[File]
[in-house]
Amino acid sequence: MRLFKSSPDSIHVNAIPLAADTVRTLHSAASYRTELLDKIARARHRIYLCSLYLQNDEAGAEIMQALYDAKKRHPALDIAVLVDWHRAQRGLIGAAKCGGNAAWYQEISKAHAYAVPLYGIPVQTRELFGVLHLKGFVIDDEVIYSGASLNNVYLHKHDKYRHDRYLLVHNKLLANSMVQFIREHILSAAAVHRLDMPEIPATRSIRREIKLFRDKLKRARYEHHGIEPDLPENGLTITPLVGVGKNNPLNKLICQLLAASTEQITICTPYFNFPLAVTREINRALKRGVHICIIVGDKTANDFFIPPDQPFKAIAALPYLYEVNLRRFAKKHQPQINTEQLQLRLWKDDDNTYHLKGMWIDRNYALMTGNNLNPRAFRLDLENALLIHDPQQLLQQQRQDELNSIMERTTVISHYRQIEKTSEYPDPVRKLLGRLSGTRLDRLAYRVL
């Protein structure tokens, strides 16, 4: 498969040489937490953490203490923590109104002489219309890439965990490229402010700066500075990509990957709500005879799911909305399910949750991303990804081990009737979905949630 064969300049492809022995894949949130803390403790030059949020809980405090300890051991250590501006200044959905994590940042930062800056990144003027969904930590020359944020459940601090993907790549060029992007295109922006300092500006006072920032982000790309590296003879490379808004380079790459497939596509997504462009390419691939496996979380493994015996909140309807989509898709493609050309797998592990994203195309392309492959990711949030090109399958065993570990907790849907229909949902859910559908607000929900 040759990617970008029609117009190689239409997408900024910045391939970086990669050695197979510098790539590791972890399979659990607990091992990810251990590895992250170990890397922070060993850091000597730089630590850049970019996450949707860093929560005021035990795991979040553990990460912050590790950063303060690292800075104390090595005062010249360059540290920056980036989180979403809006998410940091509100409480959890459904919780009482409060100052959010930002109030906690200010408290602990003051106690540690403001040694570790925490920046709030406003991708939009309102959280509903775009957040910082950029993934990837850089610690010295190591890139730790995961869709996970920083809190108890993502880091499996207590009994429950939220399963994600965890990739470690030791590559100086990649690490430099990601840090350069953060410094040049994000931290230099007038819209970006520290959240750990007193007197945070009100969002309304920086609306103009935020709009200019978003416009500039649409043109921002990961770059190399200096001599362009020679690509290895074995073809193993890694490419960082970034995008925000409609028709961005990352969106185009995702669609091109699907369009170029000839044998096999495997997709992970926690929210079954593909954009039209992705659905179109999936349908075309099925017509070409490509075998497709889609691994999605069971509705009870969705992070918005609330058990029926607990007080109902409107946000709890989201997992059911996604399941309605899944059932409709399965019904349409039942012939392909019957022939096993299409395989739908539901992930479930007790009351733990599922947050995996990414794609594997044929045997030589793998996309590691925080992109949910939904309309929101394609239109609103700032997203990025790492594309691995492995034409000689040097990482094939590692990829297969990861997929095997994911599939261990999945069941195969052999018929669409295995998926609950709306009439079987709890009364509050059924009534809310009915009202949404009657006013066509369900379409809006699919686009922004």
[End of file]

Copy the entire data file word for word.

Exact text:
[in-house]
Amino acid sequence: MRLFKSSPDSIHVNAIPLAADTVRTLHSAASYRTELLDKIARARHRIYLCSLYLQNDEAGAEIMQALYDAKKRHPALDIAVLVDWHRAQRGLIGAAKCGGNAAWYQEISKAHAYAVPLYGIPVQTRELFGVLHLKGFVIDDEVIYSGASLNNVYLHKHDKYRHDRYLLVHNKLLANSMVQFIREHILSAAAVHRLDMPEIPATRSIRREIKLFRDKLKRARYEHHGIEPDLPENGLTITPLVGVGKNNPLNKLICQLLAASTEQITICTPYFNFPLAVTREINRALKRGVHICIIVGDKTANDFFIPPDQPFKAIAALPYLYEVNLRRFAKKHQPQINTEQLQLRLWKDDDNTYHLKGMWIDRNYALMTGNNLNPRAFRLDLENALLIHDPQQLLQQQRQDELNSIMERTTVISHYRQIEKTSEYPDPVRKLLGRLSGTRLDRLAYRVL
């Protein structure tokens, strides 16, 4: 498969040489937490953490203490923590109104002489219309890439965990490229402010700066500075990509990957709500005879799911909305399910949750991303990804081990009737979905949630 064969300049492809022995894949949130803390403790030059949020809980405090300890051991250590501006200044959905994590940042930062800056990144003027969904930590020359944020459940601090993907790549060029992007295109922006300092500006006072920032982000790309590296003879490379808004380079790459497939596509997504462009390419691939496996979380493994015996909140309807989509898709493609050309797998592990994203195309392309492959990711949030090109399958065993570990907790849907229909949902859910559908607000929900 040759990617970008029609117009190689239409997408900024910045391939970086990669050695197979510098790539590791972890399979659990607990091992990810251990590895992250170990890397922070060993850091000597730089630590850049970019996450949707860093929560005021035990795991979040553990990460912050590790950063303060690292800075104390090595005062010249360059540290920056980036989180979403809006998410940091509100409480959890459904919780009482409060100052959010930002109030906690200010408290602990003051106690540690403001040694570790925490920046709030406003991708939009309102959280509903775009957040910082950029993934990837850089610690010295190591890139730790995961869709996970920083809190108890993502880091499996207590009994429950939220399963994600965890990739470690030791590559100086990649690490430099990601840090350069953060410094040049994000931290230099007038819209970006520290959240750990007193007197945070009100969002309304920086609306103009935020709009200019978003416009500039649409043109921002990961770059190399200096001599362009020679690509290895074995073809193993890694490419960082970034995008925000409609028709961005990352969106185009995702669609091109699907369009170029000839044998096999495997997709992970926690929210079954593909954009039209992705659905179109999936349908075309099925017509070409490509075998497709889609691994999605069971509705009870969705992070918005609330058990029926607990007080109902409107946000709890989201997992059911996604399941309605899944059932409709399965019904349409039942012939392909019957022939096993299409395989739908539901992930479930007790009351733990599922947050995996990414794609594997044929045997030589793998996309590691925080992109949910939904309309929101394609239109609103700032997203990025790492594309691995492995034409000689040097990482094939590692990829297969990861997929095997994911599939261990999945069941195969052999018929669409295995998926609950709306009439079987709890009364509050059924009534809310009915009202949404009657006013066509369900379409809006699919686009922004």